Is there an “optimal inflation” for RV tires? Many think the number in an RV sticker (aka tire placard)
or in tire Load & Inflation tables
is an “optimal” inflation or pressure. In fact, it is oftentimes just the MINIMUM pressure needed to support the GAWR (gross axle weight rating). However, that assumes a perfect 50/50 side-to-side split—which is unrealistic.
We tire engineers want to ALWAYS protect the tire from overload. We know that pressure will change with changes in the ambient temperature (air temperature in the shade). Also, we know that tires will ALWAYS get warmer when they are driven.
The pressures found in the Load & Inflation tables are almost universal across all tire companies. (A handful of Michelin sizes differ by 5 psi or so, so not significantly different.) They are not playing games with tire engineering science.
So, unless there is a specific reason (which should be mentioned in a post), we are ALWAYS talking about “cold” inflation pressure. We know that tire pressure changes by about 2% for each change in temperature of the tire, as I covered in these posts.
The short answer to all your tire inflation questions:
1. Get the weight on each RV axle from a truck scale (or similar).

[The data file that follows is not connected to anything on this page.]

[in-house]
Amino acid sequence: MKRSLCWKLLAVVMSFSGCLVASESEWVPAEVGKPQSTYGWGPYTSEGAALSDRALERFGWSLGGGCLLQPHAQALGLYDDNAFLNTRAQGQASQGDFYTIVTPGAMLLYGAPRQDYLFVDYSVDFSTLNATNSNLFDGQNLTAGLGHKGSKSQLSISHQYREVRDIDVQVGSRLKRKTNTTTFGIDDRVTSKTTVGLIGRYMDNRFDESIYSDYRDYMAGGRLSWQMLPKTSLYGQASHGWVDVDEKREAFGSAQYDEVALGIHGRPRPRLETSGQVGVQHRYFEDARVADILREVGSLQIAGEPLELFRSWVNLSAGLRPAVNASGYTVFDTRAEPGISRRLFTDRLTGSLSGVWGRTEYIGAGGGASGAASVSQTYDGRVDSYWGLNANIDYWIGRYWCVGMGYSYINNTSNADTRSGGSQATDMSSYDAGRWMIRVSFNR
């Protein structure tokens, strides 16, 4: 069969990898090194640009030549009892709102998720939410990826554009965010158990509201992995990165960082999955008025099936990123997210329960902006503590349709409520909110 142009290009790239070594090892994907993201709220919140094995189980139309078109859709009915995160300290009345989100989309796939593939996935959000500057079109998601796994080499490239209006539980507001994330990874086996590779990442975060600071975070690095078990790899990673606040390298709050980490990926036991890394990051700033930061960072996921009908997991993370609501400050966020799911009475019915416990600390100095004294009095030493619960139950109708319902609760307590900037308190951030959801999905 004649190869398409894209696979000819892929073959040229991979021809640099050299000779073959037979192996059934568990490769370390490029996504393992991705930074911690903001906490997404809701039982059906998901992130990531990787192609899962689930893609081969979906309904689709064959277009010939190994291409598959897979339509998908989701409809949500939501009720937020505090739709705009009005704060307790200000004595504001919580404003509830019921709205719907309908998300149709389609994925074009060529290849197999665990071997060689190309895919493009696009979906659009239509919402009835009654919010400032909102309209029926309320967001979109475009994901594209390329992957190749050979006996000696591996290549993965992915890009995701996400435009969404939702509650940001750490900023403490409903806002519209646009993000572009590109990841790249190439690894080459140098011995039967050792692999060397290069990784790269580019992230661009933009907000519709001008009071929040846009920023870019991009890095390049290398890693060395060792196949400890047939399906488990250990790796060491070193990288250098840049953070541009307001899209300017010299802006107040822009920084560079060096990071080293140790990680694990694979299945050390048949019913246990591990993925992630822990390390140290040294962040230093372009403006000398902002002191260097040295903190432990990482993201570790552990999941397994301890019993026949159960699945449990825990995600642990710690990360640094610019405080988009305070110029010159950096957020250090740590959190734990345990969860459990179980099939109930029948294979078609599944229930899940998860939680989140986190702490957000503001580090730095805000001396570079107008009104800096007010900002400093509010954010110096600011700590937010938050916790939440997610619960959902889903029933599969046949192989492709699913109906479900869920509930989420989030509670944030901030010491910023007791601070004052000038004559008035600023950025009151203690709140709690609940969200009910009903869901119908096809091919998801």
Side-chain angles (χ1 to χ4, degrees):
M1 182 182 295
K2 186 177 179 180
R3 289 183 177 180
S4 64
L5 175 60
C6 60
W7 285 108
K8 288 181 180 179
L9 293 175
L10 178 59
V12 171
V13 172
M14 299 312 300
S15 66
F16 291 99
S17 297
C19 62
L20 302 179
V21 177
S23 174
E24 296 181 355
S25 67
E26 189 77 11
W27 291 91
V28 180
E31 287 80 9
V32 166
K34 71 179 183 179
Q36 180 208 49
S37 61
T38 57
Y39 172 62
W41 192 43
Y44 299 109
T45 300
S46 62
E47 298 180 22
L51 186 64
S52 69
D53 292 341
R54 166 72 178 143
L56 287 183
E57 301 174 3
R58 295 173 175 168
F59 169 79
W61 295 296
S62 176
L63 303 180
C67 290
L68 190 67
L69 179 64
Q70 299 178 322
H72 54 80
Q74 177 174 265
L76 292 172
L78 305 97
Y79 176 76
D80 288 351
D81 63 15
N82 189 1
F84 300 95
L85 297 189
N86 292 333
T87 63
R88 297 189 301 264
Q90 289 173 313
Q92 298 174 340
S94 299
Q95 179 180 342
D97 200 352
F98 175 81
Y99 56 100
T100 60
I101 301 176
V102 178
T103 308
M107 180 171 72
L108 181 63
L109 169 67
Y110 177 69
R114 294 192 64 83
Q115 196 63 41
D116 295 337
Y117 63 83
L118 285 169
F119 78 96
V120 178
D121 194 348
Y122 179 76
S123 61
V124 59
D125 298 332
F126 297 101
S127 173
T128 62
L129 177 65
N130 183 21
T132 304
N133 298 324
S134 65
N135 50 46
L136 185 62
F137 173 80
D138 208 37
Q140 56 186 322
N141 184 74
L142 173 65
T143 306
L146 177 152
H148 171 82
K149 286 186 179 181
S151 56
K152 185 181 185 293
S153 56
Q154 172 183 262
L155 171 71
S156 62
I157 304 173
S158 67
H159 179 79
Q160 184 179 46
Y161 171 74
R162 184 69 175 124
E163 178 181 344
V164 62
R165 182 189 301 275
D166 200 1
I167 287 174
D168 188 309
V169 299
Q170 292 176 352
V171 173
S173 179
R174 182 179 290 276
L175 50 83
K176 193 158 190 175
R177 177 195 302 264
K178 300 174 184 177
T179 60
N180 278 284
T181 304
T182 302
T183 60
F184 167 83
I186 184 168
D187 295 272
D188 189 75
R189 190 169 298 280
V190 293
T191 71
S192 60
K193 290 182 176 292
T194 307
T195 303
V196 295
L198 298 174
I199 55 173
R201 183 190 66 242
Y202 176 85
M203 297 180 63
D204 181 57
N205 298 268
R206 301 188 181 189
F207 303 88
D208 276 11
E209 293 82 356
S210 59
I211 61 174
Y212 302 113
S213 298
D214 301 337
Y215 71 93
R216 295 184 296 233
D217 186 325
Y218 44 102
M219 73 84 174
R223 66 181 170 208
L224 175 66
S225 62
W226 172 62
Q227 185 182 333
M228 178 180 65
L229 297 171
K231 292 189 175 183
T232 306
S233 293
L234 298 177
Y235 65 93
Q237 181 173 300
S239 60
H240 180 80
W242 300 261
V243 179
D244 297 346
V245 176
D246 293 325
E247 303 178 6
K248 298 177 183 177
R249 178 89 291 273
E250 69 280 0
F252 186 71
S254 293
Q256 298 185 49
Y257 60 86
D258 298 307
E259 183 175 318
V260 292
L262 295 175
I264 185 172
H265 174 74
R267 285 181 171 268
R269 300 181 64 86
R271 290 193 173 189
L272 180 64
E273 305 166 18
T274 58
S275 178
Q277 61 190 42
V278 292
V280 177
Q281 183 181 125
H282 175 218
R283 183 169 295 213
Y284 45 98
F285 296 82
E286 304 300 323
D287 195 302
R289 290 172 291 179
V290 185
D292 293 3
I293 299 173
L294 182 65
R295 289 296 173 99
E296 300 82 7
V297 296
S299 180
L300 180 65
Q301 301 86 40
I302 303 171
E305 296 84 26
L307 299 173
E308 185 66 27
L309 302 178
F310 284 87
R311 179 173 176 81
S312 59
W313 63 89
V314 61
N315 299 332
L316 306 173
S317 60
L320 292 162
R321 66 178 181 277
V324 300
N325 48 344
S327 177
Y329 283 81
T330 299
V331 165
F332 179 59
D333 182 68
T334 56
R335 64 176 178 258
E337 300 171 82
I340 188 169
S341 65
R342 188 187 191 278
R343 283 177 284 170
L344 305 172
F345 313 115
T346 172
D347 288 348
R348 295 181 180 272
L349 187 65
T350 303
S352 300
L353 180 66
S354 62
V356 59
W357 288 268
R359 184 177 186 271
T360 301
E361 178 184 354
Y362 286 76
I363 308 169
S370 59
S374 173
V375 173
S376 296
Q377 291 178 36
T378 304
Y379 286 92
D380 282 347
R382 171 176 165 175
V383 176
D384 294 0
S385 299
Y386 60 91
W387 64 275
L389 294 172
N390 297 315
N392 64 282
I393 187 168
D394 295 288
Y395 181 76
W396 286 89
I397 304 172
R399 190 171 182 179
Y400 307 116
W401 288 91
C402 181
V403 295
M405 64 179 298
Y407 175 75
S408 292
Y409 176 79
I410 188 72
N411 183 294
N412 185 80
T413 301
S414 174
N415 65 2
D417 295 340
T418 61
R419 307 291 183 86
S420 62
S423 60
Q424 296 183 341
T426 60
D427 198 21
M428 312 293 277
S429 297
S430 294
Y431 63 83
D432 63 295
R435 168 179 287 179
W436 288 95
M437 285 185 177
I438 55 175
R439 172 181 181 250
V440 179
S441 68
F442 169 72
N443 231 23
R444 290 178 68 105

2. If you do not get individual tire position weights (aka 4 corner weights), assume the heavy end of each axle is supporting 51 to 53% of the axle total.
3. Consult tire Load & inflation tables to learn the MINIMUM inflation to run based on the heavy end of each axle.
4. I suggest that your cold inflation on all tires on that axle, be at least 110% of the MINIMUM psi found in the table in #3 above, but do not exceed the max inflation rating for your wheel. (The number may be on the wheel or you may need to consult your RV company.)
5. I recommend that you ALWAYS run a TPMS with the low-pressure warning level set to the pressure in #3 above. This might take some calculation effort, as different TPMS have different ways of setting the warning level.
Have a tire question? Ask Roger on his new RV Tires Forum here. It’s hosted by RVtravel.com and moderated by Roger. He’ll be happy to help you.
Read more from Roger Marble on his blog at RVtiresafety.net or on RVtravel.com.